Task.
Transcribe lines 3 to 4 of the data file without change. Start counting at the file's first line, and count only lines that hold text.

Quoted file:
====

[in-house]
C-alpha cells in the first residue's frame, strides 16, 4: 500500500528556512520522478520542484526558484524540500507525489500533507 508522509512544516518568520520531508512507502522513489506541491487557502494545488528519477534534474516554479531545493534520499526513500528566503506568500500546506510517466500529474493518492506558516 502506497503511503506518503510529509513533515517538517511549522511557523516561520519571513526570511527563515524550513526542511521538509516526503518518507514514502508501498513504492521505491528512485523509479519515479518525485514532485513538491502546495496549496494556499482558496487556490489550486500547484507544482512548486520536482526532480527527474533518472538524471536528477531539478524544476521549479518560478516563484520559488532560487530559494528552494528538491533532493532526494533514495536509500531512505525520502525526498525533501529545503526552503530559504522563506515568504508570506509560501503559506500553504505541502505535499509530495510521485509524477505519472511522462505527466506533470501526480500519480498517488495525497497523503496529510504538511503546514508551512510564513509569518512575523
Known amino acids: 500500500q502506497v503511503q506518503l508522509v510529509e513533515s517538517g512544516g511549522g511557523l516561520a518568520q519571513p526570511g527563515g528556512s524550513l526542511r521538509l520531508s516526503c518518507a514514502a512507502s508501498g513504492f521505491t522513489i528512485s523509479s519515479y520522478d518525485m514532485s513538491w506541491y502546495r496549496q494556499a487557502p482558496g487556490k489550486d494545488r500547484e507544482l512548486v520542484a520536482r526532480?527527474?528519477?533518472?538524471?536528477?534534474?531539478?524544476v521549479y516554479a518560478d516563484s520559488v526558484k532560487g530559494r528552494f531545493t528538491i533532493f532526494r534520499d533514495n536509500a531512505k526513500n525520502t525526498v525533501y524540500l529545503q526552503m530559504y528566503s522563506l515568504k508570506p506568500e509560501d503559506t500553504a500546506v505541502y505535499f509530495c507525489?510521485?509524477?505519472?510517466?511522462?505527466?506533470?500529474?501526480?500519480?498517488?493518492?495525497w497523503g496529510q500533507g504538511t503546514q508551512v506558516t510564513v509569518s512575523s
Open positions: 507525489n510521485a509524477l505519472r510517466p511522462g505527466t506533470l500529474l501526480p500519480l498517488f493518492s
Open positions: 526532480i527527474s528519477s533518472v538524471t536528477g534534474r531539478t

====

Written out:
Known amino acids: 500500500q502506497v503511503q506518503l508522509v510529509e513533515s517538517g512544516g511549522g511557523l516561520a518568520q519571513p526570511g527563515g528556512s524550513l526542511r521538509l520531508s516526503c518518507a514514502a512507502s508501498g513504492f521505491t522513489i528512485s523509479s519515479y520522478d518525485m514532485s513538491w506541491y502546495r496549496q494556499a487557502p482558496g487556490k489550486d494545488r500547484e507544482l512548486v520542484a520536482r526532480?527527474?528519477?533518472?538524471?536528477?534534474?531539478?524544476v521549479y516554479a518560478d516563484s520559488v526558484k532560487g530559494r528552494f531545493t528538491i533532493f532526494r534520499d533514495n536509500a531512505k526513500n525520502t525526498v525533501y524540500l529545503q526552503m530559504y528566503s522563506l515568504k508570506p506568500e509560501d503559506t500553504a500546506v505541502y505535499f509530495c507525489?510521485?509524477?505519472?510517466?511522462?505527466?506533470?500529474?501526480?500519480?498517488?493518492?495525497w497523503g496529510q500533507g504538511t503546514q508551512v506558516t510564513v509569518s512575523s
Open positions: 507525489n510521485a509524477l505519472r510517466p511522462g505527466t506533470l500529474l501526480p500519480l498517488f493518492s